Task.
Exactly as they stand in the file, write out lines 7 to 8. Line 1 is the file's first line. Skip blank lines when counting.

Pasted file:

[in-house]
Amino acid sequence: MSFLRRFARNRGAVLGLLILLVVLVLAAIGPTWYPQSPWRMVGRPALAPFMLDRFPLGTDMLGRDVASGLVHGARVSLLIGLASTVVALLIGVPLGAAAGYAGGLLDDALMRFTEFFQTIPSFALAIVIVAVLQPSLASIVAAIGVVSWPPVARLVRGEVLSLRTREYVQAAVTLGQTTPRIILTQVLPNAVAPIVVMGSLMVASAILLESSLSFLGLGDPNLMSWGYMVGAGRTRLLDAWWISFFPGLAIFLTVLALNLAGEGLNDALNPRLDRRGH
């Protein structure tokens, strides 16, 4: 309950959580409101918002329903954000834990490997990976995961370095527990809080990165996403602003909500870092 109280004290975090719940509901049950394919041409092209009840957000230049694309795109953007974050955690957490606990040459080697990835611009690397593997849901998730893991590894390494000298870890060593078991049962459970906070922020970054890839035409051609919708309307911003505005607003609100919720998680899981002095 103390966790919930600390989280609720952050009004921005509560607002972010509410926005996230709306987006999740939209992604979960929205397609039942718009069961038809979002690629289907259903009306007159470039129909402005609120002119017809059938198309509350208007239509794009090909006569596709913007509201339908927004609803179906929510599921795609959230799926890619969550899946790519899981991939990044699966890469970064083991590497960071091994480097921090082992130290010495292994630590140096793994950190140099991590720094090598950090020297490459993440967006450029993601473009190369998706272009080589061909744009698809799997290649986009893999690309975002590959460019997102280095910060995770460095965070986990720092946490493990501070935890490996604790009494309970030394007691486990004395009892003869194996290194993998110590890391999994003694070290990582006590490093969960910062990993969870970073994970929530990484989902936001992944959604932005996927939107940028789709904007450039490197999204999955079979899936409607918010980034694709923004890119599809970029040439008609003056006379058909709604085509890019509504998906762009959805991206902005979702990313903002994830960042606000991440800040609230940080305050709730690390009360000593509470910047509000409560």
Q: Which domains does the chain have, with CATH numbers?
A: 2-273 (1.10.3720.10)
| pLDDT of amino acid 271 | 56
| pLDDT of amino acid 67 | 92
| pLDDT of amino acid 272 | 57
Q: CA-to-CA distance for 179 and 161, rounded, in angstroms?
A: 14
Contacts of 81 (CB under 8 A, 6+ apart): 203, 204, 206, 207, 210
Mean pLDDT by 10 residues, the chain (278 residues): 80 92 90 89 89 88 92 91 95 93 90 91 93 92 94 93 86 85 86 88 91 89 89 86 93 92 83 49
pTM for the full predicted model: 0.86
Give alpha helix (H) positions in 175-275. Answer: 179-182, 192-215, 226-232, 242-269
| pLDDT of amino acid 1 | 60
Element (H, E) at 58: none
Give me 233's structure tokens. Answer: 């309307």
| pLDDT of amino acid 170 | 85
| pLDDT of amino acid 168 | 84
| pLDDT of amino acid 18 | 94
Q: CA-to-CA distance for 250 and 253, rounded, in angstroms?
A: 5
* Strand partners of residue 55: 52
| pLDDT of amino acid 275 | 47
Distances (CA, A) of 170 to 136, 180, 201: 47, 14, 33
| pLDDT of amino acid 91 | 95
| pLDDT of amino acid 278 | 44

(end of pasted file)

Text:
| pLDDT of amino acid 67 | 92
| pLDDT of amino acid 272 | 57